Courting controversy?

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During the coverage of the Supreme Court’s landmark decision to strike down the Defense of Marriage Act in June, I first heard of 84-year-old plaintiff Edie Windsor. Although she had married her longtime partner in 2007, the marriage wasn’t recognized legally. When her wife died in 2009, Windsor was hit with a $363,000 estate tax bill she would not have had to pay if she her spouse had been male.

“I felt distressed and anguished that in the eyes of my government, the woman I had loved and cared for and had shared my life with was not my spouse, but was considered a stranger with no relationship to me,” Windsor said prior to the court’s decision.

I became intrigued by what the decision meant for same-sex older couples, both legally and on a personal level. In the District of Columbia, Maryland, California and 11 states where they can legally marry, all married couples will now be treated equally, regarding taxes, Social Security benefits, medical power of attorney and more.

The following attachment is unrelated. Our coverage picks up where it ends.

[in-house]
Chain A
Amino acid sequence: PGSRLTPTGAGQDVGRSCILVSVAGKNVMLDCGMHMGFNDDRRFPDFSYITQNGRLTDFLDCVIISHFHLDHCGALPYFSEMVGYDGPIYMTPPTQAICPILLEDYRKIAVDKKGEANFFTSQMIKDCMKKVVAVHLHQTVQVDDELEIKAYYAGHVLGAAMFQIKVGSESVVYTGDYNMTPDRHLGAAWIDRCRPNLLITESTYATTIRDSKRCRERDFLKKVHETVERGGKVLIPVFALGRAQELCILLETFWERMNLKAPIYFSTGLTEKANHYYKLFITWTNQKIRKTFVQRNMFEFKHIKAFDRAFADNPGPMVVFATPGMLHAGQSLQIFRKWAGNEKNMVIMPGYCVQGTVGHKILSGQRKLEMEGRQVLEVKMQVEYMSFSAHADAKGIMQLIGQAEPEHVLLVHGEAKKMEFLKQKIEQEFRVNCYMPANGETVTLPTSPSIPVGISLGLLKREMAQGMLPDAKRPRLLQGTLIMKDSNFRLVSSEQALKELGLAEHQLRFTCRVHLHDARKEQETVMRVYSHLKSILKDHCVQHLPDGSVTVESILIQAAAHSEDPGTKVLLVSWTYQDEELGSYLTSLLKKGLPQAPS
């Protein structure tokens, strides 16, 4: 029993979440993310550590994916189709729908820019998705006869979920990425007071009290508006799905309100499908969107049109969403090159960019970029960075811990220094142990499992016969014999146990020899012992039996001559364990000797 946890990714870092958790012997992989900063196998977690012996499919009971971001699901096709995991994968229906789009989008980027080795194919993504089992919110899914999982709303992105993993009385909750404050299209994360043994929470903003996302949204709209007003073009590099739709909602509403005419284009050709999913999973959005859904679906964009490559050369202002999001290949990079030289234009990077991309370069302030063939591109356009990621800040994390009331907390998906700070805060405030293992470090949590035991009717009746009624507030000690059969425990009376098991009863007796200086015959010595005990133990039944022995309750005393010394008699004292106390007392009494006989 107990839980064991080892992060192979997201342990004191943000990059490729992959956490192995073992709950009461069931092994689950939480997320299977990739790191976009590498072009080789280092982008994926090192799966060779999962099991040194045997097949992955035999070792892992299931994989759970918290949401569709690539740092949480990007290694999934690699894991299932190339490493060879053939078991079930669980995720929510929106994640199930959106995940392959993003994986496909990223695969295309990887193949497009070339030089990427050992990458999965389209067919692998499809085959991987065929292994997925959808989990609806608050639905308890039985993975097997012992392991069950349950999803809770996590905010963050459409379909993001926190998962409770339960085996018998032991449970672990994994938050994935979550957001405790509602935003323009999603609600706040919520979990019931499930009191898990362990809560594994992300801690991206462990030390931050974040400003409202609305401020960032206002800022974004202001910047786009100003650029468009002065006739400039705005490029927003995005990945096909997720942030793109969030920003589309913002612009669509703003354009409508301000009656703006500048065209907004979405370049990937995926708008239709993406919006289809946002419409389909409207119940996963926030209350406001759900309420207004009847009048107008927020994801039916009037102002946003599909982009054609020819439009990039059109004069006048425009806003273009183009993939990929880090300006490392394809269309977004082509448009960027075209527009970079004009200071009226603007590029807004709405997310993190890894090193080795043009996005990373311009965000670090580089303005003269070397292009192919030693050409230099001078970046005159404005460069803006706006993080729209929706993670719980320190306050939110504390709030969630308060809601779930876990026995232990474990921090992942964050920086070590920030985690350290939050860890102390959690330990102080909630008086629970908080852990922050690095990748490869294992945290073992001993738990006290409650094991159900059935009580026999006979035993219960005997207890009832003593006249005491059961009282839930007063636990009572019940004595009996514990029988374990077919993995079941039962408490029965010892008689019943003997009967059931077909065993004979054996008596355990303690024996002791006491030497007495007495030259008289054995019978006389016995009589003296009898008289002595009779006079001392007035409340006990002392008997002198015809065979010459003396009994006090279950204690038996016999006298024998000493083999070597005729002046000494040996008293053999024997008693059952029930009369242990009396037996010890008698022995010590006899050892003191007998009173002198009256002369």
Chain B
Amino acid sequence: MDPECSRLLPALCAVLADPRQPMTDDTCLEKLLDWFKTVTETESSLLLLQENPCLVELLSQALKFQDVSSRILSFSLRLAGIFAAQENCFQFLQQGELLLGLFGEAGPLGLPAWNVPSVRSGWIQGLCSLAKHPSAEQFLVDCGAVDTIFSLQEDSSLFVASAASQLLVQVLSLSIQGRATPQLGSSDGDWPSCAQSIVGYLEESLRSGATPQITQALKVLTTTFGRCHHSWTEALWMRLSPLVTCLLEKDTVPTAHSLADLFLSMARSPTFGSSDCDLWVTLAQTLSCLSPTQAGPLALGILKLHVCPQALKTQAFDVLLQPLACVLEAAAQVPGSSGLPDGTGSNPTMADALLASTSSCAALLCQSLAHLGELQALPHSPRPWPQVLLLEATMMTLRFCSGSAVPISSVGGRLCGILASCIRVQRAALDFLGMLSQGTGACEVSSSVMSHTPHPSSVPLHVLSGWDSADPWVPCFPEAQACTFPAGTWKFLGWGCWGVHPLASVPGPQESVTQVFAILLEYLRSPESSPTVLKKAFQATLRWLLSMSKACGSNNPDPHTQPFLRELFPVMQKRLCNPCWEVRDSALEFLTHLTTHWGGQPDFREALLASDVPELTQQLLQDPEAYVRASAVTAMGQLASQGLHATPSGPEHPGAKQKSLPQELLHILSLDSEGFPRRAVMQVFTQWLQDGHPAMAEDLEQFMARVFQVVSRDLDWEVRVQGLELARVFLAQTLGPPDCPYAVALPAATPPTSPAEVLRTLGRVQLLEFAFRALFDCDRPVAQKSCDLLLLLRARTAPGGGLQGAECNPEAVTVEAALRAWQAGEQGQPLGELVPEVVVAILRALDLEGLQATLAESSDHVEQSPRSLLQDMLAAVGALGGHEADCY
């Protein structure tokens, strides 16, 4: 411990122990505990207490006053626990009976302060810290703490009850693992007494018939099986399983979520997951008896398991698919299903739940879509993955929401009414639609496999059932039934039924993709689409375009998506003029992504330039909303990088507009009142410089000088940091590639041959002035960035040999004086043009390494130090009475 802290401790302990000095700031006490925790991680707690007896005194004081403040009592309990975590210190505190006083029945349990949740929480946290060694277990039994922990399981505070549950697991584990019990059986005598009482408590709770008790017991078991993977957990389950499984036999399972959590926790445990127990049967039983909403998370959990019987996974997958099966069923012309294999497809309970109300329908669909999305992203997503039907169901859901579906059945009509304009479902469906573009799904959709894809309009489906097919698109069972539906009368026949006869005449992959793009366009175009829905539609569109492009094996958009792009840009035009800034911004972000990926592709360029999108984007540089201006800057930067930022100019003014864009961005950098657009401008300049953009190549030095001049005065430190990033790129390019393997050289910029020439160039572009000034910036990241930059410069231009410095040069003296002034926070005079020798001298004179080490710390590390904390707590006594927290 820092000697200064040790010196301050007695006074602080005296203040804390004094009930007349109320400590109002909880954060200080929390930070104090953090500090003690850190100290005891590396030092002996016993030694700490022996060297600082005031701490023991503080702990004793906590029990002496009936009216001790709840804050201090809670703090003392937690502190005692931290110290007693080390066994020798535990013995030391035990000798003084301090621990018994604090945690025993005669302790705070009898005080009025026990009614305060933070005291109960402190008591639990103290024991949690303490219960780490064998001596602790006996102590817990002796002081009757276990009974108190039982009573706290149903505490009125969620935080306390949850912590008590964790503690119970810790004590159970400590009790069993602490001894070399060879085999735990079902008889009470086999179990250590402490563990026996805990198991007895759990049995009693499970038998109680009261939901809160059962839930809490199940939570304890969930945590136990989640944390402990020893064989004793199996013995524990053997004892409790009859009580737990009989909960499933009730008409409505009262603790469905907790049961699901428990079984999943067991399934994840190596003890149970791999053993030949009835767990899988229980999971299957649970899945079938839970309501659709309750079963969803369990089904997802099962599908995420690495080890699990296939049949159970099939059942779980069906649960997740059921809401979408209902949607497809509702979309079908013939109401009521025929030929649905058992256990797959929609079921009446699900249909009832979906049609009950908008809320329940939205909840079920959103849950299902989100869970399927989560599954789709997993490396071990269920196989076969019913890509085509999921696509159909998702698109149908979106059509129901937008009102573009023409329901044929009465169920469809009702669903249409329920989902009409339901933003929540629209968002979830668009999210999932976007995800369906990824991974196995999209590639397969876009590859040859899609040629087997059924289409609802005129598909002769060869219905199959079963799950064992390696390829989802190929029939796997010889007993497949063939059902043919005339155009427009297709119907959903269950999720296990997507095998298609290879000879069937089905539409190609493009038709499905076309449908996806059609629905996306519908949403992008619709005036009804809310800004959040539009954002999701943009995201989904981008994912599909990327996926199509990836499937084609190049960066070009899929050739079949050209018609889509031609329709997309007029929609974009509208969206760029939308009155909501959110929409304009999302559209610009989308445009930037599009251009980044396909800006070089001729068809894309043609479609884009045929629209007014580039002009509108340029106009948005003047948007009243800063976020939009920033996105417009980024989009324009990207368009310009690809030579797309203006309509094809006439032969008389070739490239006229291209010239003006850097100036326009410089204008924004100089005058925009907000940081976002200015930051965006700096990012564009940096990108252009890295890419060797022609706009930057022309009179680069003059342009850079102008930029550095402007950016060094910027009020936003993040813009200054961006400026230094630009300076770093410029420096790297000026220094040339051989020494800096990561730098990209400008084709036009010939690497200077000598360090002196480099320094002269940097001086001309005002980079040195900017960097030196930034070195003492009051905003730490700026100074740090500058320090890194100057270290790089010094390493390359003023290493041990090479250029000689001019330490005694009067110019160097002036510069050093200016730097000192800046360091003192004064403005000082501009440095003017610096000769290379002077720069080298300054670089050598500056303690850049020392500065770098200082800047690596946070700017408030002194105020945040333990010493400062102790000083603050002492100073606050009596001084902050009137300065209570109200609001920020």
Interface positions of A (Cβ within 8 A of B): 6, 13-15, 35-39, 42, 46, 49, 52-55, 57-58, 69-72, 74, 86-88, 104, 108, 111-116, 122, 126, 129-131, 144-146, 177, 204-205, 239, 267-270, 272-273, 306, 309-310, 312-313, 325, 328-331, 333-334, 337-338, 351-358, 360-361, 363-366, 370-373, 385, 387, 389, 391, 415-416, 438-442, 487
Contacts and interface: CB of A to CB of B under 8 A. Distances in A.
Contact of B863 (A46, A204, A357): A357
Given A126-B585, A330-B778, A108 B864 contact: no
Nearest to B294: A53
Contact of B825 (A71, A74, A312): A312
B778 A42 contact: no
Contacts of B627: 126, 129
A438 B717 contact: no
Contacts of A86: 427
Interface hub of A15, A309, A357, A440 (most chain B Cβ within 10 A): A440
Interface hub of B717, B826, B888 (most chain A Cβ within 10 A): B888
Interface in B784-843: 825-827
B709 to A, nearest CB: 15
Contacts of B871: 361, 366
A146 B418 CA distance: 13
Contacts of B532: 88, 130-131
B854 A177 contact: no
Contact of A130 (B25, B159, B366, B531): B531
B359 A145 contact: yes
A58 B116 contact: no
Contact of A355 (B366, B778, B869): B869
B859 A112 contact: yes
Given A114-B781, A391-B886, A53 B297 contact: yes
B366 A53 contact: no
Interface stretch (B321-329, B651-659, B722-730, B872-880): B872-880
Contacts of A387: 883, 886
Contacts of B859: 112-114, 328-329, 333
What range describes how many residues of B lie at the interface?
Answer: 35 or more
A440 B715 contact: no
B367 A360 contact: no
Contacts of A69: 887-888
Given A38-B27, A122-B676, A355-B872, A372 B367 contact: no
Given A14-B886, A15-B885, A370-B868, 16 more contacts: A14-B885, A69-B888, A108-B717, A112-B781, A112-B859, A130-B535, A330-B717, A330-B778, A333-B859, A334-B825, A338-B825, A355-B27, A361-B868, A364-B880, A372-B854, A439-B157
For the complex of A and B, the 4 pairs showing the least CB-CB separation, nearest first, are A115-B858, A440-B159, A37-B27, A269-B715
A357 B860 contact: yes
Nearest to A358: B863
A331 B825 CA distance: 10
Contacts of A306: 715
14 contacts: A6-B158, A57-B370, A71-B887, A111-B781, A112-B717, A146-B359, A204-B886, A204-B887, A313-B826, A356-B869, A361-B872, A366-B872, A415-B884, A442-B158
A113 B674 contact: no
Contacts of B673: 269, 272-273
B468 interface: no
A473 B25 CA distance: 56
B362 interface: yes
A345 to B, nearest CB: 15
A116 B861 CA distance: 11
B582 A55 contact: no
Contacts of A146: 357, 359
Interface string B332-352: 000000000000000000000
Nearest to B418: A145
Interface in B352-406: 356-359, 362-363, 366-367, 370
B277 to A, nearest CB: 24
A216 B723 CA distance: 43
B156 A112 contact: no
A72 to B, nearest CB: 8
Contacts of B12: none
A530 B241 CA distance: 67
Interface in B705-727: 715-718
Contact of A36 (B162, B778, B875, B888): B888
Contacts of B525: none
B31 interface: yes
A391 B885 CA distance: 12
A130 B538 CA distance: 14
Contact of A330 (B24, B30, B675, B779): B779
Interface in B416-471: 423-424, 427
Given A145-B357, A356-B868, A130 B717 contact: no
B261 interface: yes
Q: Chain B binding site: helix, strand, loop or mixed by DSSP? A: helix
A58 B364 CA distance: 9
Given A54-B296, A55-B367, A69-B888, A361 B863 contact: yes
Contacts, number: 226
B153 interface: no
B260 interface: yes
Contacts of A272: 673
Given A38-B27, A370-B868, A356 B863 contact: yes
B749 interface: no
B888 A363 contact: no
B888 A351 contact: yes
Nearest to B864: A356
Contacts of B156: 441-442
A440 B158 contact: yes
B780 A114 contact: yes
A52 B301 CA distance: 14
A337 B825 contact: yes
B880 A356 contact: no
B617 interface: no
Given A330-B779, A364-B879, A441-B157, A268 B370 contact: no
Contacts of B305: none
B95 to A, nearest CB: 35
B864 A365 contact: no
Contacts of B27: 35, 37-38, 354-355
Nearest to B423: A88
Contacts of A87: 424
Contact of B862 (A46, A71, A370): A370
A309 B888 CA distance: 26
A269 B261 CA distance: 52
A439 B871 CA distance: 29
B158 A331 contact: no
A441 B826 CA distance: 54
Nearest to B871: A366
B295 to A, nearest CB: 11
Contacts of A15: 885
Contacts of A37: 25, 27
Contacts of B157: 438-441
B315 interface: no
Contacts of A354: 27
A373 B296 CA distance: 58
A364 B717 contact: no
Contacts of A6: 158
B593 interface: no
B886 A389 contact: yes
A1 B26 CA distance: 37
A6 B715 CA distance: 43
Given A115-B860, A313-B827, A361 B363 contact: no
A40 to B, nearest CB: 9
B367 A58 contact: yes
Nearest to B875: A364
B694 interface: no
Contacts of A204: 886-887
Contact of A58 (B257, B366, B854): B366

So I went off to find some older Washington, D.C.-area same-sex couples who had wed or were contemplating marriage in the wake of recent law changes. My assumption was that this would be a happy story about love and equality.

But at first I found no one who wanted to be featured in a Beacon article.  Judy Evans, with the nonprofit group SAGE (Services and Advocacy for Gay Elders) told me, “People who are older and LGBT grew up at a time when it was such a stigma and shame and when being gay was seen as a mental illness, many fewer of them are out or comfortable being public.”

As I persevered, I did find a number of couples who were happy to discuss their marriages with me. One noted that change and acceptance is happening quickly. “I went to a LGBT reception at the White House this year,” Imani Woody Macke told me. “Just having ‘LGBT’ and ‘White House’ in the same sentence is surreal.”

Still, some of the Beacon’s readers have disagreed with our choice to feature this issue on the cover of the Beacon. One wrote, “Must we have our noses rubbed in same-sex ‘marriage’ every day and in every publication?  It strikes at the very roots of civilization and morality.” Another said, “Gay is not normal.”

But another reader applauded our story. “Even though we live in a socially progressive metropolitan area, I think it was courageous and timely to put the issue on the front cover of your publication.”

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